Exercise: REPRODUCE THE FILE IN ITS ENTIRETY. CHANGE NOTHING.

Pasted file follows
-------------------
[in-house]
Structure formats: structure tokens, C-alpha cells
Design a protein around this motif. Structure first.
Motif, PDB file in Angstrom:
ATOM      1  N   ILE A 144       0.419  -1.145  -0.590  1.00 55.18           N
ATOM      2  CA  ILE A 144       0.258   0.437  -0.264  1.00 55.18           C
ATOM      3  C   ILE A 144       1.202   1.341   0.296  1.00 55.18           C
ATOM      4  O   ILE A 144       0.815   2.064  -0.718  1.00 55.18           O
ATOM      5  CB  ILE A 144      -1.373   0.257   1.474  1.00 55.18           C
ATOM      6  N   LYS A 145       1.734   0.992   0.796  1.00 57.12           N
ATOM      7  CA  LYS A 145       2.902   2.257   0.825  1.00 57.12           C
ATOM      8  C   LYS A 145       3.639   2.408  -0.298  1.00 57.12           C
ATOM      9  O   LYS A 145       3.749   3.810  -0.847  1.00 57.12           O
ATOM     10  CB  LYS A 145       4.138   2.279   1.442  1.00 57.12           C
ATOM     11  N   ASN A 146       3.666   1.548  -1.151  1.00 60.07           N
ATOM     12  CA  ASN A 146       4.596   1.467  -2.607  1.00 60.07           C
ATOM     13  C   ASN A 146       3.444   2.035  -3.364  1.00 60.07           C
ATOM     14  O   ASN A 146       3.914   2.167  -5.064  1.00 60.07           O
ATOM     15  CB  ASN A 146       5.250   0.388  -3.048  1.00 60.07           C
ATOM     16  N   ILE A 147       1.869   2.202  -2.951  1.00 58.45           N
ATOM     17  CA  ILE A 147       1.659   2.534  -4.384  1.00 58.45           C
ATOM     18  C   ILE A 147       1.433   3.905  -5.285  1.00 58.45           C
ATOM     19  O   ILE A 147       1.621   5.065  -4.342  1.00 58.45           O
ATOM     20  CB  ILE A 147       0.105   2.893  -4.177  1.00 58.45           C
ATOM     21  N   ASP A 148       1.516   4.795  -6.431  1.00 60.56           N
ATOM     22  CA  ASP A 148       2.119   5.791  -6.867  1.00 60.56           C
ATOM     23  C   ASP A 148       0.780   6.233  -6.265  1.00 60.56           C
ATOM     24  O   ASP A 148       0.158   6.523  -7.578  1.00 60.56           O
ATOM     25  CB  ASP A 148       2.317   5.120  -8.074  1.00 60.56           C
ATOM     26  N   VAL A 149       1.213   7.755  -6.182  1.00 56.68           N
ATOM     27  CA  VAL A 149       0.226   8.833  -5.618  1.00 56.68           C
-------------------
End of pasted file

[in-house]
Structure formats: structure tokens, C-alpha cells
Design a protein around this motif. Structure first.
Motif, PDB file in Angstrom:
ATOM      1  N   ILE A 144       0.419  -1.145  -0.590  1.00 55.18           N
ATOM      2  CA  ILE A 144       0.258   0.437  -0.264  1.00 55.18           C
ATOM      3  C   ILE A 144       1.202   1.341   0.296  1.00 55.18           C
ATOM      4  O   ILE A 144       0.815   2.064  -0.718  1.00 55.18           O
ATOM      5  CB  ILE A 144      -1.373   0.257   1.474  1.00 55.18           C
ATOM      6  N   LYS A 145       1.734   0.992   0.796  1.00 57.12           N
ATOM      7  CA  LYS A 145       2.902   2.257   0.825  1.00 57.12           C
ATOM      8  C   LYS A 145       3.639   2.408  -0.298  1.00 57.12           C
ATOM      9  O   LYS A 145       3.749   3.810  -0.847  1.00 57.12           O
ATOM     10  CB  LYS A 145       4.138   2.279   1.442  1.00 57.12           C
ATOM     11  N   ASN A 146       3.666   1.548  -1.151  1.00 60.07           N
ATOM     12  CA  ASN A 146       4.596   1.467  -2.607  1.00 60.07           C
ATOM     13  C   ASN A 146       3.444   2.035  -3.364  1.00 60.07           C
ATOM     14  O   ASN A 146       3.914   2.167  -5.064  1.00 60.07           O
ATOM     15  CB  ASN A 146       5.250   0.388  -3.048  1.00 60.07           C
ATOM     16  N   ILE A 147       1.869   2.202  -2.951  1.00 58.45           N
ATOM     17  CA  ILE A 147       1.659   2.534  -4.384  1.00 58.45           C
ATOM     18  C   ILE A 147       1.433   3.905  -5.285  1.00 58.45           C
ATOM     19  O   ILE A 147       1.621   5.065  -4.342  1.00 58.45           O
ATOM     20  CB  ILE A 147       0.105   2.893  -4.177  1.00 58.45           C
ATOM     21  N   ASP A 148       1.516   4.795  -6.431  1.00 60.56           N
ATOM     22  CA  ASP A 148       2.119   5.791  -6.867  1.00 60.56           C
ATOM     23  C   ASP A 148       0.780   6.233  -6.265  1.00 60.56           C
ATOM     24  O   ASP A 148       0.158   6.523  -7.578  1.00 60.56           O
ATOM     25  CB  ASP A 148       2.317   5.120  -8.074  1.00 60.56           C
ATOM     26  N   VAL A 149       1.213   7.755  -6.182  1.00 56.68           N
ATOM     27  CA  VAL A 149       0.226   8.833  -5.618  1.00 56.68           C